The nuclear genome of conifers is large and organized in complex gene families, and due primarily to a lack of comparative studies of protein coding nuclear genes across conifer families, very little is known about its evolutionary dynamics. In this study, we investigated the evolution of a low-copy nuclear gene encoding cinnamyl alcohol dehydrogenase (CAD), a key enzyme in the lignin biosynthetic pathway, in Pinaceae and Taxodiaceae. A portion of the CAD gene, including three exons and four introns, was PCR-amplified, cloned, and sequenced from all eleven genera of Pinaceae and five sampled genera from Taxodiaceae. Sequences of 627 nucleotides of the three exons were aligned among the sampled conifer species, as well as angiosperm species used as outgroups. Phylogenetic analysis of the aligned exon sequences yielded 862 most parsimonious trees, of which the strict consensus topology of the ingroup taxa is identical to that of the maximum likelihood tree. Surprisingly, a clade, which contains members of Taxodiaceae and species of Abies (Pinaceae), is nested within Pinaceae and has extremely short internal branches. The average synonymous and nonsynonymous divergences within this clade are 0.0149 + 0.0058 and 0.0074 + 0.0019, respectively. Given that Pinaceae and Taxodiaceae diverged as early as the Triassic Era, it is striking that such similar CAD sequences were found. Herein, three hypotheses explaining the remarkably similar CAD sequences are examined, DNA contamination, extremely slow rates of sequence divergence, and recent lateral gene transfer. Ultimately, we conclude that it is most likely that the CAD genes were recently transferred from Abies to members of Taxodiaceae. The lateral transfer of functionally important structural genes between reproductively isolated plants opens a new avenue for the exchange of genetic material, and may provide new insights into conifer evolution.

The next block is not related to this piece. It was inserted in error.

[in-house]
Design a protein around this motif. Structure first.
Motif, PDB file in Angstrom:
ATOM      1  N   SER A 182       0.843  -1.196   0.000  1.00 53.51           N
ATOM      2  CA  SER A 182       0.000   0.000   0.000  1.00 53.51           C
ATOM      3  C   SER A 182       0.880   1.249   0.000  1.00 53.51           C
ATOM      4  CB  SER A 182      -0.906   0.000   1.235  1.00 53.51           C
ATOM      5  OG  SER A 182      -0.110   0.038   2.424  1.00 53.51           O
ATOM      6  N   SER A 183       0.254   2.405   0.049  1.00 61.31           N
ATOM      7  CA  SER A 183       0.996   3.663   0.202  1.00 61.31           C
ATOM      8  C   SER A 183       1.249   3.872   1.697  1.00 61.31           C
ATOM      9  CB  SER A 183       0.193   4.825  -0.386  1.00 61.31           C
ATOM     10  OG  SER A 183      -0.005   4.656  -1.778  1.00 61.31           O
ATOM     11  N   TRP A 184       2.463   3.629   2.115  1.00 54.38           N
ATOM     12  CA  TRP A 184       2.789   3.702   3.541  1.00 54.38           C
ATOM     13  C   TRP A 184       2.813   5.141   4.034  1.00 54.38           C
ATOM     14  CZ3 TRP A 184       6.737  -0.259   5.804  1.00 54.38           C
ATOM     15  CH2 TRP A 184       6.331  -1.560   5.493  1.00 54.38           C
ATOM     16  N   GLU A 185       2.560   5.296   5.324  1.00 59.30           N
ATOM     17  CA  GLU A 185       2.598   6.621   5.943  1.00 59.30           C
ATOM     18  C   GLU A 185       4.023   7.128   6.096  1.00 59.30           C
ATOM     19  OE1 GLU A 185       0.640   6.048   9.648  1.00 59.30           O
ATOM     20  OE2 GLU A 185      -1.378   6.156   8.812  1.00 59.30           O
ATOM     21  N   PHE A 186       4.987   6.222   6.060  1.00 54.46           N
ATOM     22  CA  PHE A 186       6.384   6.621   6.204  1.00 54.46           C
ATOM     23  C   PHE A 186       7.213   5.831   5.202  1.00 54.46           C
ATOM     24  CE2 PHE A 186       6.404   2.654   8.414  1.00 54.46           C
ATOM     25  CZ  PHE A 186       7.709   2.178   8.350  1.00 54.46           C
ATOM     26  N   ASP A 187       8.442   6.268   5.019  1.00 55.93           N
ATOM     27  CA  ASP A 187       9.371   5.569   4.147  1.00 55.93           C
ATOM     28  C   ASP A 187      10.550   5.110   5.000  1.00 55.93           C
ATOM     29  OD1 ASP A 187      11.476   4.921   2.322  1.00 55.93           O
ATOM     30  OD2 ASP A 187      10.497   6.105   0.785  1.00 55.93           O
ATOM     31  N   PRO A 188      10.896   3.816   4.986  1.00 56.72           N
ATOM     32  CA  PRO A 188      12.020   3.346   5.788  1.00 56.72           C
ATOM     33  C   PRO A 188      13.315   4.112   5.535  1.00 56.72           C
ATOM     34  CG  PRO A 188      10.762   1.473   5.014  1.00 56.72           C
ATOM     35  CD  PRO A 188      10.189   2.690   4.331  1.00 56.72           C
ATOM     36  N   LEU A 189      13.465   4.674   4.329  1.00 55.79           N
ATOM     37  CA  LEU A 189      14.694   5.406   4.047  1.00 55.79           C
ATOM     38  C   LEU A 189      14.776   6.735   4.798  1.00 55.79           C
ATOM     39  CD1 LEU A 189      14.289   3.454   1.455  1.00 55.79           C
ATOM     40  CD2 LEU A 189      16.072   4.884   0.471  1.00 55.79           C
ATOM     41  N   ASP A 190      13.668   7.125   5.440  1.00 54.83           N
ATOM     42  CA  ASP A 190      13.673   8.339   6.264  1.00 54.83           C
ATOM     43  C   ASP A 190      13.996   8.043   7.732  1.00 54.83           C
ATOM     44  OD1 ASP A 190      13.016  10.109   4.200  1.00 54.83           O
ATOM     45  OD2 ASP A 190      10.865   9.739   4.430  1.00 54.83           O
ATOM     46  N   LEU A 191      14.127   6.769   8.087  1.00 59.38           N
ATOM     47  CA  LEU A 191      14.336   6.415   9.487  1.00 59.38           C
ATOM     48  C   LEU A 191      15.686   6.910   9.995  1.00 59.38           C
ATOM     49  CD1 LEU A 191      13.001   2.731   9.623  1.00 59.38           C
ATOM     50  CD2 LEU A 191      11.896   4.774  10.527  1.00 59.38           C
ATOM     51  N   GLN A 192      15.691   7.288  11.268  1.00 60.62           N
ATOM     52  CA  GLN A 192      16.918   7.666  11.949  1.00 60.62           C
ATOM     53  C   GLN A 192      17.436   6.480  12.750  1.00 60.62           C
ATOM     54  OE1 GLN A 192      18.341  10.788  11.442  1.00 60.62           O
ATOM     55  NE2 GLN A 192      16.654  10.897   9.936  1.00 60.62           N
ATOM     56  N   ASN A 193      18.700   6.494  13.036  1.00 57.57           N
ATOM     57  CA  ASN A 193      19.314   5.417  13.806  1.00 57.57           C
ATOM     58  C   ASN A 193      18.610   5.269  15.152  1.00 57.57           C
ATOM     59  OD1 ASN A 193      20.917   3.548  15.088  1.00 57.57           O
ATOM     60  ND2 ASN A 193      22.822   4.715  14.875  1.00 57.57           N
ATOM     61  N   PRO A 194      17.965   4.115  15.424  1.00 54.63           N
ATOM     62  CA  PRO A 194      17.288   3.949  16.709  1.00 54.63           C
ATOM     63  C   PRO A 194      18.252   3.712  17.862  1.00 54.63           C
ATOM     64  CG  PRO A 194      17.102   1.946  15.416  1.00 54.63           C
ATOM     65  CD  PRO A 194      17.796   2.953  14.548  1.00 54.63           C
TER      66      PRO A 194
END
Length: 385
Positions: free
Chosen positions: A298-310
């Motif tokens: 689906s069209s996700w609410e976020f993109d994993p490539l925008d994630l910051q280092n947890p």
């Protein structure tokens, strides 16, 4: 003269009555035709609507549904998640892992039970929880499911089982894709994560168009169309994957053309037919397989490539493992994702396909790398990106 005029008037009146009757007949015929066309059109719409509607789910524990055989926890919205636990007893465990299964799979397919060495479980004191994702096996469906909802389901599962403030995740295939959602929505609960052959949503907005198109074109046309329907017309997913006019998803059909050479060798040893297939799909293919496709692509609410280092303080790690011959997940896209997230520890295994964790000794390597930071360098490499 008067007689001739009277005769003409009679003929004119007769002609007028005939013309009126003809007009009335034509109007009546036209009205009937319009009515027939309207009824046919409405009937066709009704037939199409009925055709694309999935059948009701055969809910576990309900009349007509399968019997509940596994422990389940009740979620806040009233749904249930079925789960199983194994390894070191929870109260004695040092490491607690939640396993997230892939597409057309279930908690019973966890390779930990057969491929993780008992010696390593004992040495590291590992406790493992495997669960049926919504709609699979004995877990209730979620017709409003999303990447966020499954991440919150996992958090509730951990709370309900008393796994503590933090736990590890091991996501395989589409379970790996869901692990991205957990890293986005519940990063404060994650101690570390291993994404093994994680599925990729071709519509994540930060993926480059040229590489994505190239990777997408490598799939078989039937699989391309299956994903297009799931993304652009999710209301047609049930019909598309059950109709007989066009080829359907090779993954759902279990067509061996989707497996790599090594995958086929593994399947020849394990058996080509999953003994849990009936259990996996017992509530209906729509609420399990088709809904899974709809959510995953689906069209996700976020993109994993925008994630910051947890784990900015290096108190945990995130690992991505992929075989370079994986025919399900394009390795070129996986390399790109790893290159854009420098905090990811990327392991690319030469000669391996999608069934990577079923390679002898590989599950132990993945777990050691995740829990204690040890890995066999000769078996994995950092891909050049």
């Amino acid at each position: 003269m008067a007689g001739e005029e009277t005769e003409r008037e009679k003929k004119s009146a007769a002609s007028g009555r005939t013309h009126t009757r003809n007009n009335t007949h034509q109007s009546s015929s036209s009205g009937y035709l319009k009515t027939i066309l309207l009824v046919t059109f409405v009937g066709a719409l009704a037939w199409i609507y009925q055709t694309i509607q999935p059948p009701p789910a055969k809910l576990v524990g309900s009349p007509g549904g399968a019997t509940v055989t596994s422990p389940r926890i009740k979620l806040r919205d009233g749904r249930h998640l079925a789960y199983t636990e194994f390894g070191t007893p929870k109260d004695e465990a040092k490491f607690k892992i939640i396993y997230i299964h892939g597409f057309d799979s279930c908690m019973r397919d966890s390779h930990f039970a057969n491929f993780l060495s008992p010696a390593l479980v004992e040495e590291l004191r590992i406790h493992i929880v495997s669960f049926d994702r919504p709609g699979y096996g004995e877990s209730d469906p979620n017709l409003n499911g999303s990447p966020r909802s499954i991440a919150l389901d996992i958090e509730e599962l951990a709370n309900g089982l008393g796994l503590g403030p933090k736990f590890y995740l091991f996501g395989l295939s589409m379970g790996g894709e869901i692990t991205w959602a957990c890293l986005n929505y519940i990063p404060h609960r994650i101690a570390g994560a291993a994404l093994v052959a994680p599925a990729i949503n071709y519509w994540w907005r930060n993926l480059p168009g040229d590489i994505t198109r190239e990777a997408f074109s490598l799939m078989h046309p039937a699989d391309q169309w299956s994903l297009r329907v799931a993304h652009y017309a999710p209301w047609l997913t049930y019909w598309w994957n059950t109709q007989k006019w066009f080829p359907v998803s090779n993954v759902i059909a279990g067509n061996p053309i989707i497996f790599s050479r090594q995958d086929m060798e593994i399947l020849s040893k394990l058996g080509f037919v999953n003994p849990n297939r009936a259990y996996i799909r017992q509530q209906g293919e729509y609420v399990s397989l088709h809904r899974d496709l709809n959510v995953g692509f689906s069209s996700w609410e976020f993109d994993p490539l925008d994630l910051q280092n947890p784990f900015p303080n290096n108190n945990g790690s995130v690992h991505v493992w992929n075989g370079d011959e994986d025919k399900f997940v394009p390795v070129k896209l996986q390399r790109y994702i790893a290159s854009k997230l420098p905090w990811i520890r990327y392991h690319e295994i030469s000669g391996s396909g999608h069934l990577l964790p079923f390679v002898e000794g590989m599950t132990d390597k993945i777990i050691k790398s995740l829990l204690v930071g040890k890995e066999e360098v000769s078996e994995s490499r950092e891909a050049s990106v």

Key words: cinnamyl alcohol dehydrogenase, lateral gene transfer, Pinaceae, Taxodiaceae